Tag Archives: Buddhism

** Why Did Buddhism Vanish?

Why Did Buddhism Vanish from India?

Esamskriti.com has  listed 6 reasons plus

7.  words of Swami Vivekanand and

8.  words of Dr B. R. Ambedkar

  1. The main cause was the neglect by the monks of this life and its values. While the Buddhist monks realized that everyone was not fit or could not become a monk or nun, they paid attention only to the life of a monk and not to the life of a householder. Which meant that they focused on the life of a monk, which is a life of inwardness as compared to that of a householder, which is one of outwardness. Now, both these aspects need examination, study, guidance and control. It is not enough to tell a householder that this existing life is only a stepping-stone to the life of a monk. Why and how is it so and what relation it bears to realities has to be explained. Instead Buddhist philosophers began to teach that this life was nothing but a value of tears and misery. While some forms of Vedanta taught the same philosophy, the attitude of Mimamsa (philosophy of action) and the Epics saved Hinduism from the fate that overtook Buddhism in India. Many great Indians were impacted by spiritual teachings but “unless there were some codes extolling the values of the world, they tended to become one-sidedly inwardly “.
  2. Another reason was the admission of women into monasteries and the more or less indiscriminate conversion of men, women into monks and nuns. While true renunciation and celibacy were appreciated, people wanted to see them well practiced. When people supported these monasteries with their hard-earned money, they did not want its residents to live in luxury and enjoyment, virtues, which were condemned. If monks and nuns had lived by the rules that they were taught, people would have supported them inspite of any hardship that they had to face.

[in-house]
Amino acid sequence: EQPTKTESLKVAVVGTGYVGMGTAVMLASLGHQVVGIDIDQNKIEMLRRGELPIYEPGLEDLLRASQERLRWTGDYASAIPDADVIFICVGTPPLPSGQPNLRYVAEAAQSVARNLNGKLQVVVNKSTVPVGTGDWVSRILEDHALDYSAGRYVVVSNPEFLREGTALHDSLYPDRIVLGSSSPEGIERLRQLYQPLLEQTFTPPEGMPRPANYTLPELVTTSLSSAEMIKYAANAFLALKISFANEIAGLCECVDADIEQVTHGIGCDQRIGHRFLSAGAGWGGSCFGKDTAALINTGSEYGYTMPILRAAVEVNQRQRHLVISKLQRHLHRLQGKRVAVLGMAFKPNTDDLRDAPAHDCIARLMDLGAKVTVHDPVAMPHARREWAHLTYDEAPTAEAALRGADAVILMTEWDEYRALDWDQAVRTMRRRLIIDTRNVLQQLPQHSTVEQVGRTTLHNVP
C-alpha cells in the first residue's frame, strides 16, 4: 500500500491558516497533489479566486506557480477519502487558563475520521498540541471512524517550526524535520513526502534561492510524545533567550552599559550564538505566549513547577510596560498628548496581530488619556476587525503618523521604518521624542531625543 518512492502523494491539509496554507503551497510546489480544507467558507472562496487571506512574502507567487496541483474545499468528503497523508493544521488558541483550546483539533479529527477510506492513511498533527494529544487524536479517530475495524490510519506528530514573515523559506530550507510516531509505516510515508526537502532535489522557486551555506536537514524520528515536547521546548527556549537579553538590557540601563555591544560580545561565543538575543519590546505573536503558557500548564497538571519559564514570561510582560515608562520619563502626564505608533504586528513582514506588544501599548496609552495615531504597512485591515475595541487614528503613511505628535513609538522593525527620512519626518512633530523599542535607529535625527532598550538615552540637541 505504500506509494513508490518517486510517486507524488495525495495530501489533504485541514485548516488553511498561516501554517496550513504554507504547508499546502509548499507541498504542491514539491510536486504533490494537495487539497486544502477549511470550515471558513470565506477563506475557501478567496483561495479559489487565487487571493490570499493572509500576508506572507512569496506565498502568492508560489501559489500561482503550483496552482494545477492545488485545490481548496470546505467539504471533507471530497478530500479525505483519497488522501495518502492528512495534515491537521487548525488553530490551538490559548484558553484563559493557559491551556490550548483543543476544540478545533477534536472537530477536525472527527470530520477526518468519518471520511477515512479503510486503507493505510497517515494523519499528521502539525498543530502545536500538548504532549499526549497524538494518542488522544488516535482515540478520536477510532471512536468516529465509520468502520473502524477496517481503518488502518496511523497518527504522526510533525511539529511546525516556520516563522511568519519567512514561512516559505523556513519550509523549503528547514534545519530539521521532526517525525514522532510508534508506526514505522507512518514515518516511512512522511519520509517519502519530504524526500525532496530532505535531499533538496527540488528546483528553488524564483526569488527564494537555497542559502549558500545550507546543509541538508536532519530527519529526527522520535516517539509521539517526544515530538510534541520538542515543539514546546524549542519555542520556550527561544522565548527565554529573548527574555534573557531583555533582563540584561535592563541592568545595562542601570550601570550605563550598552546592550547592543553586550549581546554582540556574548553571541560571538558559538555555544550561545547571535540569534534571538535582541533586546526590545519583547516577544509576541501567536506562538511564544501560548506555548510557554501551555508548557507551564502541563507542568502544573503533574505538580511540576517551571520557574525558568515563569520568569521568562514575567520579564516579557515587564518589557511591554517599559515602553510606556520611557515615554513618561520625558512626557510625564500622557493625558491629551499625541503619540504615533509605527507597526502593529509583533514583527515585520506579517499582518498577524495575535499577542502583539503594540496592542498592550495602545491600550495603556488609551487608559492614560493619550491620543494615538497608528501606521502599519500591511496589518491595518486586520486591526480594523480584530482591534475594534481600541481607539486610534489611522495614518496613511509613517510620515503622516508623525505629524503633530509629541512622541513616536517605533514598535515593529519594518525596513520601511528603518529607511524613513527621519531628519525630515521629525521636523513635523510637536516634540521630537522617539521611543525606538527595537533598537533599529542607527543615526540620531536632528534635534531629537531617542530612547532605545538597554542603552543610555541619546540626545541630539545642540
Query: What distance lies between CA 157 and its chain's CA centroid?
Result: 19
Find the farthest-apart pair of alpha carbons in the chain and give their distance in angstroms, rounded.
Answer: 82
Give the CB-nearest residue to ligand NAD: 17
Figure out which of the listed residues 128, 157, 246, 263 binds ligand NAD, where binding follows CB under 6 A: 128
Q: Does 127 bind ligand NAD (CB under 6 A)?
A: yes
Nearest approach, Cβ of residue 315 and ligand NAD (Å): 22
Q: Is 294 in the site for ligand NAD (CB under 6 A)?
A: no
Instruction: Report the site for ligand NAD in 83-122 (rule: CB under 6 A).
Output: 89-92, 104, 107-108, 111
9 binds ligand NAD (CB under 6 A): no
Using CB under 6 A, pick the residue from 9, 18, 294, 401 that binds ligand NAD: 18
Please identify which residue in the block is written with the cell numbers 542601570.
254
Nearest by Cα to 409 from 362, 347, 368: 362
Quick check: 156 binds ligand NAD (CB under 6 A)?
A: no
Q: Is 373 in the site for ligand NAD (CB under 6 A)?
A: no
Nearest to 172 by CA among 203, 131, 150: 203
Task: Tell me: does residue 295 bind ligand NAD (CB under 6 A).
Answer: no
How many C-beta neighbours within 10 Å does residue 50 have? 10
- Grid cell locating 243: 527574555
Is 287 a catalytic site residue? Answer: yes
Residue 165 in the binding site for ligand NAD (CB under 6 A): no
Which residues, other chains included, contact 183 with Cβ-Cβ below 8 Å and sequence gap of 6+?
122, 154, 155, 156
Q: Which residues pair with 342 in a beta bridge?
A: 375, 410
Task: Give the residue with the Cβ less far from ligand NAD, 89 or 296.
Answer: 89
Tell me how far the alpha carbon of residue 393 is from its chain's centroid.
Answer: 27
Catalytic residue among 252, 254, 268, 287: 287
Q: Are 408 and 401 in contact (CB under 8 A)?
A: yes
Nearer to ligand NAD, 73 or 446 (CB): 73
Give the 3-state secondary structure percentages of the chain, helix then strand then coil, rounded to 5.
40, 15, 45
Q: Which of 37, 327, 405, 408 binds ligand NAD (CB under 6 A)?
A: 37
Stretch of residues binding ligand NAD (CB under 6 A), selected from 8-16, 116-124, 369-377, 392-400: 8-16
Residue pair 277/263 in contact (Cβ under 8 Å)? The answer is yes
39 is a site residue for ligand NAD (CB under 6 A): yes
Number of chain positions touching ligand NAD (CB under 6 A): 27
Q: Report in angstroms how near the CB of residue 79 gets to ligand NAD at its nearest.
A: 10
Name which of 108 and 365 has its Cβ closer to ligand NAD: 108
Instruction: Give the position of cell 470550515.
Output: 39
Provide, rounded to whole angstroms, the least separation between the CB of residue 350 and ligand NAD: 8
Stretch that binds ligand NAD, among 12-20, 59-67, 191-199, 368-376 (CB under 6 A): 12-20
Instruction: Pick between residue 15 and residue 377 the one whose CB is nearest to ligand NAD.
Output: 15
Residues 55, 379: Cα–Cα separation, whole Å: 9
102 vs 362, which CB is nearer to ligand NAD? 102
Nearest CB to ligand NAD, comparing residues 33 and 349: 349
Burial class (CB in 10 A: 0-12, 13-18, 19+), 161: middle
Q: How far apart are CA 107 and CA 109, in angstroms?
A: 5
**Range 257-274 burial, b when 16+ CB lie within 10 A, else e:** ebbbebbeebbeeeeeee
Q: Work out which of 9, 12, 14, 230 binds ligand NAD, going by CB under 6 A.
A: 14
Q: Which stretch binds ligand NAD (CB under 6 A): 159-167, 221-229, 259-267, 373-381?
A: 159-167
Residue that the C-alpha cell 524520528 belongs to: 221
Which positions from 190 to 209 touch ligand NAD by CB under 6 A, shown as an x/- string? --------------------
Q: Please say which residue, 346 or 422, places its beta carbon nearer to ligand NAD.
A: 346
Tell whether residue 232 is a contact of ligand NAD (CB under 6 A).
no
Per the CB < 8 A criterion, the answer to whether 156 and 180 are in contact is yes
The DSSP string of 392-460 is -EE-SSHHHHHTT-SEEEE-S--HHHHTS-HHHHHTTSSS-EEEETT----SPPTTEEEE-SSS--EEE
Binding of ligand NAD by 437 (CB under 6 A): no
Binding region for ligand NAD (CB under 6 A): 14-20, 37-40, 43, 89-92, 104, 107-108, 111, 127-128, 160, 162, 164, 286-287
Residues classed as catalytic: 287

3. The next reason was the deterioration in the political and economic life of the country. Monasteries were supported by the people and the Kings e.g. Ashoka. Now, when a dynasty fell or a king died, the next in line might not give the same degree of support. The king’s thinkers realized that their defeat was due to the loss of their best fighters, leaders, who had become monks. This made the country an easy prey to the foreign invader. Coincidence or otherwise, India’s first foreign invasion by the Greeks took place in 327 B.C. a couple of centuries after Emperor Asoka’s peace movement.
  4. Buddhism existed in the monasteries and unlike the dharmaasutras (ethical codes) lacked a moral code. So when monasteries disappeared, Buddhism disappeared. The invasion of the Muslims and the ruthless destruction of Buddhist monasteries extinguished the lamp of Buddhism in North India. The wanton destruction of the great monastery of Uddandapura (Bihar) and the wholesale massacre of its monks might make us visualize how the great monasteries of Nalanda, Vikramasila and others met with a tragic end.
  5. The extreme asceticism practiced and popularized by both Buddhism and Jainism disturbed the social life of India. Magadha, the seat of many imperial dynasties, became Bihar, the land of monasteries (viharas). There was nothing in these religions to emphasize the importance of life in this world and its values. These causes led to a bloodless revolt by the orthodox in the eight-century a.d. The revolt was staged from two sides, the Brahmanic and the Upanisadic. Kumarila was the leader of the former and Sankara of the latter. Kumarila succeeded in reviving a strong positive attitude towards the world and its values and all that could be called human and activistic. On the other hand, Sankara said that everything that was good in Buddhism already existed in the Upanishads. In fact, Gaudapada, the grand teacher of Sankara, unified the current spanda (vibration) doctrine of Saivism, the vijnana (mind) doctrine of the Buddhists and the Atman doctrine of the Upanishads in his Mandukyakarikas and made the way easy for Sankara to assimilate and absorb Buddhism. Thus, there remained no justification for its separate existence in India; it had no social ethics and consequently, no hold over society. It could not stand alone as a spiritual discipline as it was shown to be part of the Upanishads.